This week two algae-to-fuels firms took different pathways to raise new capital while they work out how to commericialize their technologies. The hundreds of start-ups looking to cash in on the little green organisms are likely watching closely.
San Francisco-based Solazyme has raised an impressive $52 million in its fourth round of venture capital funding. Unfortunately for the algae industry, the round does not signify that new investors are flocking to this corner of cleantech – there was only one new investor, Morgan Stanley, participating. Oil company Chevron has stayed on as a strategic investor through its venture capital arm.
Solazyme takes an unusual approach to the science* of growing algae for commercial oils – it grows microalgae in the dark in large fermentation vessels. Instead of feeding photosynthetic algae sunlight and CO2, the firm fattens its microalgae on cellulosic materials. Then it processes the algae to extract the oil. Currently, the firm is selling the oil into the cosmetics and food industries, but it still sees its largest market as biofuels.
PetroAlgae, a less well-known start-up, has filed for a $200 million IPO. The firm plans to license its technology to grow photosynthetic algae in flexible plastic bags. Unlike the big bucks raised by Solazyme, however, industry watchers suspect this play will flop, possibly souring the investment community on the whole algae idea.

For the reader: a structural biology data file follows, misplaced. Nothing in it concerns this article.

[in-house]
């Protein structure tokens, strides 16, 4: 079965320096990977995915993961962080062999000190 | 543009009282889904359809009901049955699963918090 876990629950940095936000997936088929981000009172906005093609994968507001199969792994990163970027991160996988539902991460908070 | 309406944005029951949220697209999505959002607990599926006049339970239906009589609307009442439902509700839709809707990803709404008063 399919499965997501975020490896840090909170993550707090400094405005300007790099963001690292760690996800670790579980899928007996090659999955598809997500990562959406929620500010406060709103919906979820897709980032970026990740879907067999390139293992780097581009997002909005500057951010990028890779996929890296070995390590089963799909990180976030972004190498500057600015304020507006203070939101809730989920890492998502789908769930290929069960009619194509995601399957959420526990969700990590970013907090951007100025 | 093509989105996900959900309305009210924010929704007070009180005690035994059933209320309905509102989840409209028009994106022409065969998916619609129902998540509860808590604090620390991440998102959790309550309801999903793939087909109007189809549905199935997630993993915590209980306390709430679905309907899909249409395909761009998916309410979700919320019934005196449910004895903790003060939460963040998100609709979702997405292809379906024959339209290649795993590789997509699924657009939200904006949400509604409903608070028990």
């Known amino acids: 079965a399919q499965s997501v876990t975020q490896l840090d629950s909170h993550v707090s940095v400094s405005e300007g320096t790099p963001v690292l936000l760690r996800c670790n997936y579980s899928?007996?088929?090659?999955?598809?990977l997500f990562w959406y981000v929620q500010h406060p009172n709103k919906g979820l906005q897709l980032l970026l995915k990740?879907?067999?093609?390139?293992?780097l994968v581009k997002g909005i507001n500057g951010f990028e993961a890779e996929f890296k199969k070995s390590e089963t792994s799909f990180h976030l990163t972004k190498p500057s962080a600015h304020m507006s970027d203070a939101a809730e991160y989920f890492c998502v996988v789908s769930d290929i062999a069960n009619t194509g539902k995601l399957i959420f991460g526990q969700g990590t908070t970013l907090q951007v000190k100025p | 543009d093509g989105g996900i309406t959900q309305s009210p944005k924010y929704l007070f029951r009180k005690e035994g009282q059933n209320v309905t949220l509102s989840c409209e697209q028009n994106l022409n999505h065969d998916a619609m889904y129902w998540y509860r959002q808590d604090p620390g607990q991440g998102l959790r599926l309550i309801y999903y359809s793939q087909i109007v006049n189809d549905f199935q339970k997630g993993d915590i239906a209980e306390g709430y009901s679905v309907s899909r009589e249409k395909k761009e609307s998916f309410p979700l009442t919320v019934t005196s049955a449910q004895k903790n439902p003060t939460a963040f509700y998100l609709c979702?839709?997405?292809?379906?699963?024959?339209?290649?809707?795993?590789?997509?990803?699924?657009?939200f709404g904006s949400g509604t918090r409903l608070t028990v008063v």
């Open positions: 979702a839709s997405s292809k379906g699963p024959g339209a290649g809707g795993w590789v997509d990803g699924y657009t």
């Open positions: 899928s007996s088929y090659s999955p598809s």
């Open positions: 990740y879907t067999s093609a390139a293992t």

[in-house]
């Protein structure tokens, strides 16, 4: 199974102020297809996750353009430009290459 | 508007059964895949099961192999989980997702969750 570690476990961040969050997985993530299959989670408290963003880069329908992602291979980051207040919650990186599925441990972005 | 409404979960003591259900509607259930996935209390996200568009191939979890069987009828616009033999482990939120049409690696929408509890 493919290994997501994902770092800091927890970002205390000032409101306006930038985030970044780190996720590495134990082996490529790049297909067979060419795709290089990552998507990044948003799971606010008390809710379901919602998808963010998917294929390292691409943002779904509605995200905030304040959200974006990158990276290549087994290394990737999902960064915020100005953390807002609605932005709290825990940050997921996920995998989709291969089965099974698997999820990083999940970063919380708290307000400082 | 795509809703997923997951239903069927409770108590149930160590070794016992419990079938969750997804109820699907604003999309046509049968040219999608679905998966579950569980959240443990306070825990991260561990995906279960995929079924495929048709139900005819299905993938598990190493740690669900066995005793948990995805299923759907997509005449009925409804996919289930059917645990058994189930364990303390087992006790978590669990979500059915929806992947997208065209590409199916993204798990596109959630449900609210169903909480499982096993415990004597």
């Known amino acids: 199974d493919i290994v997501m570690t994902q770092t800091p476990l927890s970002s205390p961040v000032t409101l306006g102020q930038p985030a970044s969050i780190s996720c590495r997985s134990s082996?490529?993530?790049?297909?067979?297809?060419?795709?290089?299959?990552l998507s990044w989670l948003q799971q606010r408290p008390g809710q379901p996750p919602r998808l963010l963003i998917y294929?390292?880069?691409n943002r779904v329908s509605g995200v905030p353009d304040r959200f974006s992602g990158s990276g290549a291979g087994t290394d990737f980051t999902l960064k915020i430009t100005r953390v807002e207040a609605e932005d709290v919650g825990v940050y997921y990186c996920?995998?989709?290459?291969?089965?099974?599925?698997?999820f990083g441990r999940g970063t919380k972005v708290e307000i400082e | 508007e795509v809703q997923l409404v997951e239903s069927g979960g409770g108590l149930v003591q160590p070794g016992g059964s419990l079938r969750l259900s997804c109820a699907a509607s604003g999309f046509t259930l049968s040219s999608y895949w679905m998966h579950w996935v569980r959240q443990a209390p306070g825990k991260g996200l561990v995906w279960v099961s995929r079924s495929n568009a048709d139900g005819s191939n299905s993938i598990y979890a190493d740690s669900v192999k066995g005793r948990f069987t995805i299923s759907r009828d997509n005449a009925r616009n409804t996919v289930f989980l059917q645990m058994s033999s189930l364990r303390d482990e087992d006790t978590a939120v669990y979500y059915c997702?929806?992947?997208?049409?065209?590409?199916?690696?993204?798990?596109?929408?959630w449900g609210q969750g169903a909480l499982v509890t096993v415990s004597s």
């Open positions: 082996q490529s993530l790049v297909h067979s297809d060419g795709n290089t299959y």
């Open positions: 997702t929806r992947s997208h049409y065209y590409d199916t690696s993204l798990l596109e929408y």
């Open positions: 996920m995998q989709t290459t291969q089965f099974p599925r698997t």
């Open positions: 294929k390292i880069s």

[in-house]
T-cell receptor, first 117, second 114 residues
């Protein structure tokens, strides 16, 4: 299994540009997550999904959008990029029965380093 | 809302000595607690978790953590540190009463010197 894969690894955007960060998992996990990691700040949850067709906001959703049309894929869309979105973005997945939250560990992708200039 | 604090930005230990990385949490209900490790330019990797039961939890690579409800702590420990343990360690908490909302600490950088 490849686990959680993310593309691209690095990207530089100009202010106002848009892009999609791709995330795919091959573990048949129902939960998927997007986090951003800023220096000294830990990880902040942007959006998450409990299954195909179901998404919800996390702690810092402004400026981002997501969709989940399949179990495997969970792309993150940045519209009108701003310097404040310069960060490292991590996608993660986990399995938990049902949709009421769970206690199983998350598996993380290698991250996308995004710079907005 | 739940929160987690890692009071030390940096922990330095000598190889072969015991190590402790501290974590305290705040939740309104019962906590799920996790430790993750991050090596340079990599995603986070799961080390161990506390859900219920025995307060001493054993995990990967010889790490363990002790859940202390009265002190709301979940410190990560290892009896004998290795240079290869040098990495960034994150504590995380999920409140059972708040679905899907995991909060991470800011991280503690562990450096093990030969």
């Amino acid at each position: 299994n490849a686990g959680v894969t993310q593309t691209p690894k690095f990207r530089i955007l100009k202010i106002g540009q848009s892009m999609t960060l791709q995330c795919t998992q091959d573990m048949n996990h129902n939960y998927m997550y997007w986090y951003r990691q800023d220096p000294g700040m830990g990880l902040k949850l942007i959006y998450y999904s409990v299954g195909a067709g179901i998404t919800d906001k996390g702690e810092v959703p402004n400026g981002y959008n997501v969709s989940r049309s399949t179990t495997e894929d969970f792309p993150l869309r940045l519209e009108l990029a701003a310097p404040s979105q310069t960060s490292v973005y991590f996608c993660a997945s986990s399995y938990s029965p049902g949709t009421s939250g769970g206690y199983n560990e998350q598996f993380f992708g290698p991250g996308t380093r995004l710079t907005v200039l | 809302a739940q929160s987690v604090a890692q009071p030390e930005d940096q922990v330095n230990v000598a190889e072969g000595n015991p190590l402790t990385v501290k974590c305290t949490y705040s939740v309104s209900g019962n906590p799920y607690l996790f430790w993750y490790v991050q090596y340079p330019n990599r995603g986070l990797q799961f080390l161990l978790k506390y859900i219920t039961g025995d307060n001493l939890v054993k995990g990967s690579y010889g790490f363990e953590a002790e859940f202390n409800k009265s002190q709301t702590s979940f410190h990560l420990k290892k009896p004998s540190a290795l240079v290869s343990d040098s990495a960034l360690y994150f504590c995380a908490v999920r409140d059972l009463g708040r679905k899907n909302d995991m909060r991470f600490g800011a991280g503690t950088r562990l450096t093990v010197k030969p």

The timing of PetroAlgae’s IPO does seem premature. I wrote about the nascent algae industrya year and a half ago, at the time, company leaders were working to bring down the engineering and processing costs to make algal oil. At the time, costs would need to come down by about a factor of ten – which has not likely happened since then.
The soft-bodied cells are attractive for biofuel production because they don’t contain tough lignin and hemicellulose that are hard to break down into fuel feedstocks. But instead, algae need to be fed and housed – at considerable overhead. And then the oil must be separated from the algae cells as well as from the water the algae grow in.
Cleantech investing by venture capitalists, especially the ones who are already backing cleantech firms, seems to be rolling along despite the lackluster economy. But a busted IPO could cast a shadow over the many firms still working on their algal engineering.
* Congratulations, intrepid keyword hunters! You’ve found one of the six for the contest.
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